Africa beckons for old bikes

WHEN Micko O’Byrne shipped his car from Fremantle to South Africa this time last year, he was intent on driving it to Europe just for fun.

But his plan changed on arrival, when he saw so many South Africans living in poverty. The semi-retired expatriate delayed his road trip to stay in Rorke’s Drift, a small hamlet about a four-hour drive north of Durban, to help impoverished school children.

Over the past month, the recently turned philanthropist and his recruited son—Blaze, 26, of Melbourne—have raised more than $12,000 to ship 300 bicycles from Fremantle.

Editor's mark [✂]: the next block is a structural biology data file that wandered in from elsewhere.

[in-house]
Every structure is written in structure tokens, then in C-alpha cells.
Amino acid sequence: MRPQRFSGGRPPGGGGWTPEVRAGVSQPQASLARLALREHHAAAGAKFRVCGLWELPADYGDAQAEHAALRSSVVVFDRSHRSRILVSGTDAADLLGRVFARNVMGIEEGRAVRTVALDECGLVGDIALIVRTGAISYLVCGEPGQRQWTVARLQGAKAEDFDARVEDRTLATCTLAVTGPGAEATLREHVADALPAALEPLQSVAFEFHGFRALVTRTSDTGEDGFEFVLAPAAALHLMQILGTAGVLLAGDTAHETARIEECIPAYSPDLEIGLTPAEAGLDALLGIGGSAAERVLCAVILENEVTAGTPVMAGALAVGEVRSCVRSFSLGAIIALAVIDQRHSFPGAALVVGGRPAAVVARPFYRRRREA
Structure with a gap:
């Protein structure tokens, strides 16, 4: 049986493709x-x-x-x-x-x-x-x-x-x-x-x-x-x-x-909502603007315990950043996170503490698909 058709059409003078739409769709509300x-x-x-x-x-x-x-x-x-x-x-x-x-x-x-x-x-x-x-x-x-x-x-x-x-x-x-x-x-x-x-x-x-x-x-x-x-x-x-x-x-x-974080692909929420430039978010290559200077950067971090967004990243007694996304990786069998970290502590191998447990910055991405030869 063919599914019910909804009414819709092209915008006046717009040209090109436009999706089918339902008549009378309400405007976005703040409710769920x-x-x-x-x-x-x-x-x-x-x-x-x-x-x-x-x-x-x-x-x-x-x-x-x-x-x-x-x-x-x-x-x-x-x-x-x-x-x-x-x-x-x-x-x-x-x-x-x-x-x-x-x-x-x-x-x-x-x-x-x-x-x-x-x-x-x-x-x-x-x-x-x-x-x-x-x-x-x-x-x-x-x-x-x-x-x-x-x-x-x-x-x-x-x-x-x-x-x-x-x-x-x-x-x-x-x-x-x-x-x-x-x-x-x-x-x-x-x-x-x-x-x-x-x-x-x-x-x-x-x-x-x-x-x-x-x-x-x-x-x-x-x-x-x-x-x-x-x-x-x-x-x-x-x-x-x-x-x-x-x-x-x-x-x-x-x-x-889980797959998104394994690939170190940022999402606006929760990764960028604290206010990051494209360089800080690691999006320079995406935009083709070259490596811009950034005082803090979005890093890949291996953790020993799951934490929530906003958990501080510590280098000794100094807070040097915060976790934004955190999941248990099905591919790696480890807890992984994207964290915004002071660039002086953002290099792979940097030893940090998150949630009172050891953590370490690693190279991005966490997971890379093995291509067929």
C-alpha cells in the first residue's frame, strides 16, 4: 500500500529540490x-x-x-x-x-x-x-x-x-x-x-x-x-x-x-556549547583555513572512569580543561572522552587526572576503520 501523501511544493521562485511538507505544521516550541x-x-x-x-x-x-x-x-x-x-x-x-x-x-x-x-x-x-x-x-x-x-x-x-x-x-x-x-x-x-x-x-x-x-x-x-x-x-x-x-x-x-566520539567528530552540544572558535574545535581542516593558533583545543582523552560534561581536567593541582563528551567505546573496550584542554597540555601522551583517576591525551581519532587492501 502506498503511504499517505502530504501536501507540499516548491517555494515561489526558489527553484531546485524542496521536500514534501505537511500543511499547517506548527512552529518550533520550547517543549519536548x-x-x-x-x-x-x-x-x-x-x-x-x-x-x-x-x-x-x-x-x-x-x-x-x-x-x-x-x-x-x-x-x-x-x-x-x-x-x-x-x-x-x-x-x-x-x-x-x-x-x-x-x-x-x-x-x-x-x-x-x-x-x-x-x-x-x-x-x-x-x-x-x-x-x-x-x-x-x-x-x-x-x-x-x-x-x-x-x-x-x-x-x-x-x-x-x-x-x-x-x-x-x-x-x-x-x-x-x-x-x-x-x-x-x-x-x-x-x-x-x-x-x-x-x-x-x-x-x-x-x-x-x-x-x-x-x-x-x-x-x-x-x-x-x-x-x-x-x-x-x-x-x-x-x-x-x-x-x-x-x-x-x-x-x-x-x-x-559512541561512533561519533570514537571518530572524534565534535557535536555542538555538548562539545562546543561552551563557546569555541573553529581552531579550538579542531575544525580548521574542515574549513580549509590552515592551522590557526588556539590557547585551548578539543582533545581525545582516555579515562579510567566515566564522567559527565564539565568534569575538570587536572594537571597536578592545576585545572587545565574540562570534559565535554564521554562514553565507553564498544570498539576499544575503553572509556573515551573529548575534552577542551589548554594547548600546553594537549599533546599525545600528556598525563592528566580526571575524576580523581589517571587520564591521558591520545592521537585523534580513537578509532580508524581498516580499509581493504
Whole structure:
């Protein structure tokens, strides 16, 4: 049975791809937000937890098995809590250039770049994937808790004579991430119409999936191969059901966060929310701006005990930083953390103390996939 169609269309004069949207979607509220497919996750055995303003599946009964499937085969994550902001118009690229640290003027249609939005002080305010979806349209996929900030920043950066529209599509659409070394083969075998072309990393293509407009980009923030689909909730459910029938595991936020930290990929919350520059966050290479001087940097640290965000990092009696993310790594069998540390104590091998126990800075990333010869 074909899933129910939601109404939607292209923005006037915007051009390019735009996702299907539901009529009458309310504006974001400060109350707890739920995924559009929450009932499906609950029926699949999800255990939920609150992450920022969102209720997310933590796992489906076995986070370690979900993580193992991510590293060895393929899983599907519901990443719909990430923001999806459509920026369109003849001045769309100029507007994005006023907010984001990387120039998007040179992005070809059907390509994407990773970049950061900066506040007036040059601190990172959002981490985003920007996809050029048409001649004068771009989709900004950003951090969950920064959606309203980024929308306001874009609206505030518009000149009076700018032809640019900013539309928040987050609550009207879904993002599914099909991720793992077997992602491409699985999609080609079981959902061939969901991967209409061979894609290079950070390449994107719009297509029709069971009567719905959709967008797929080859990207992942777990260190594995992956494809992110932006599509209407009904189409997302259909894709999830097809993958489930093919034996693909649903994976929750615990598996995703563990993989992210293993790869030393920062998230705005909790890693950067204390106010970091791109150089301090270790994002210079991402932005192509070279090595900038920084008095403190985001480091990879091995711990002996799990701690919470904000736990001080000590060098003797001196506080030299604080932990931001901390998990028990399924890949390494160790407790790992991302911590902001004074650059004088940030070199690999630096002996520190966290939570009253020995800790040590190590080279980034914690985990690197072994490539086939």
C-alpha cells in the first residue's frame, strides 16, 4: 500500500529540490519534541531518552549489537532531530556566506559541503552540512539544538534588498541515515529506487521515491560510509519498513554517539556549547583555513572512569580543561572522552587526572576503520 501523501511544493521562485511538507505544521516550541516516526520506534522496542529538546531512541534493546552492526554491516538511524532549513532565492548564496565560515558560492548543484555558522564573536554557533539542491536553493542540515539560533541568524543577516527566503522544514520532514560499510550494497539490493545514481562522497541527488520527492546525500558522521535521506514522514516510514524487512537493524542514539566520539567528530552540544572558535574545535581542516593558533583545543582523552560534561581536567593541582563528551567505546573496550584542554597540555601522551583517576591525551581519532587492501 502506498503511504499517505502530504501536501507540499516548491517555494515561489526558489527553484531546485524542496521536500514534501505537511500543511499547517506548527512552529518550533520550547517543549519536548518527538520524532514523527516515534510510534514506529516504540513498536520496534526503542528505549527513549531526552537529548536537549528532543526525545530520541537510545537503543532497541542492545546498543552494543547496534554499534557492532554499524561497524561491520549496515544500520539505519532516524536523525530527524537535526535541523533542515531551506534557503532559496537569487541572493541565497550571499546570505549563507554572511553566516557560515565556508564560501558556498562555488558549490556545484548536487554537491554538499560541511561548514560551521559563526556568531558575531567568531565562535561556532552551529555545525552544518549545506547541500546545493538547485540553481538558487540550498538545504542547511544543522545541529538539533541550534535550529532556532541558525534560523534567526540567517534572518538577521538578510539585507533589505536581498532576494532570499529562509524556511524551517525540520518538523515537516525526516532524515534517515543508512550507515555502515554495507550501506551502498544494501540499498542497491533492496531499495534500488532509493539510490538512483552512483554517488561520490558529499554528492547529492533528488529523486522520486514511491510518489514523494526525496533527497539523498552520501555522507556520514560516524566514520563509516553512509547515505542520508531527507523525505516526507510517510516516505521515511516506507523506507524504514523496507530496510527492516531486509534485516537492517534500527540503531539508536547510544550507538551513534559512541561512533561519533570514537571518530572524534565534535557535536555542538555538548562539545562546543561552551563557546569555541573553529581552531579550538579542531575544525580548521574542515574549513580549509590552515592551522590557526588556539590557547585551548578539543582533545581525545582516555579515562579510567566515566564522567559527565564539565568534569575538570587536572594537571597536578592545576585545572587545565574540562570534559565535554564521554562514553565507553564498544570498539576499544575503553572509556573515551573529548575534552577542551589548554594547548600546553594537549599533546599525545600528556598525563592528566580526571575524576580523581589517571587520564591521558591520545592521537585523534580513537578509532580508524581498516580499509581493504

“It is a great place, but a hard life for most,” Mr O’Byrne, 62, says.

“Huts have no electricity or running water, many people are infected with AIDS, funerals are a common occurrence (and) you see large numbers of children walking … dusty roads to get to and from school.”

The bikes will save children having to walk up to 20km—which takes about three hours—to and from school.

The shipment will arrive in Durban in five weeks and be distributed with the help of the David Rattray Foundation, an organisation which aims to improve children’s lives at 17 South African schools.

Mr O’Byrne does not know when he will get to make his journey to Europe: he’s looking forward to it but it’s no longer at the top of his list of things to do.


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